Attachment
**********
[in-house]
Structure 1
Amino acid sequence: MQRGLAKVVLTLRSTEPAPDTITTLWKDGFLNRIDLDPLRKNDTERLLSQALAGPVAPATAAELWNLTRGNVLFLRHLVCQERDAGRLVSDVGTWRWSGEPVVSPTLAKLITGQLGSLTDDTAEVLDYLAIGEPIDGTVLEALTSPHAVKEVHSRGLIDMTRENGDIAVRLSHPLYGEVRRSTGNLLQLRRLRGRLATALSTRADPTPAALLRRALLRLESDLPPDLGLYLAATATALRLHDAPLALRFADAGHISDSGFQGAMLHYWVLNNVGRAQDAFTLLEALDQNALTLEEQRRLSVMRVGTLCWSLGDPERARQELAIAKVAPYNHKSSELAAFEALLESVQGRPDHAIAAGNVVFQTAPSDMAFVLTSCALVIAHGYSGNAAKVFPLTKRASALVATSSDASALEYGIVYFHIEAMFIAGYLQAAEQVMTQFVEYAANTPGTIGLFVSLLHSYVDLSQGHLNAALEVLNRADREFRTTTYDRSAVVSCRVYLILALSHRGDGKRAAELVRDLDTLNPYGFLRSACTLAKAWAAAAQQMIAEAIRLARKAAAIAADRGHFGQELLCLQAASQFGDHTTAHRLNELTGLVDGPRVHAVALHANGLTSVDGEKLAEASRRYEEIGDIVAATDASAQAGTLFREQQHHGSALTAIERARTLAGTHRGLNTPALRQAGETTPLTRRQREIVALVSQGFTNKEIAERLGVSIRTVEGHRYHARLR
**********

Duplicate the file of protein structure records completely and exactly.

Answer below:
[in-house]
Structure 1
Amino acid sequence: MQRGLAKVVLTLRSTEPAPDTITTLWKDGFLNRIDLDPLRKNDTERLLSQALAGPVAPATAAELWNLTRGNVLFLRHLVCQERDAGRLVSDVGTWRWSGEPVVSPTLAKLITGQLGSLTDDTAEVLDYLAIGEPIDGTVLEALTSPHAVKEVHSRGLIDMTRENGDIAVRLSHPLYGEVRRSTGNLLQLRRLRGRLATALSTRADPTPAALLRRALLRLESDLPPDLGLYLAATATALRLHDAPLALRFADAGHISDSGFQGAMLHYWVLNNVGRAQDAFTLLEALDQNALTLEEQRRLSVMRVGTLCWSLGDPERARQELAIAKVAPYNHKSSELAAFEALLESVQGRPDHAIAAGNVVFQTAPSDMAFVLTSCALVIAHGYSGNAAKVFPLTKRASALVATSSDASALEYGIVYFHIEAMFIAGYLQAAEQVMTQFVEYAANTPGTIGLFVSLLHSYVDLSQGHLNAALEVLNRADREFRTTTYDRSAVVSCRVYLILALSHRGDGKRAAELVRDLDTLNPYGFLRSACTLAKAWAAAAQQMIAEAIRLARKAAAIAADRGHFGQELLCLQAASQFGDHTTAHRLNELTGLVDGPRVHAVALHANGLTSVDGEKLAEASRRYEEIGDIVAATDASAQAGTLFREQQHHGSALTAIERARTLAGTHRGLNTPALRQAGETTPLTRRQREIVALVSQGFTNKEIAERLGVSIRTVEGHRYHARLR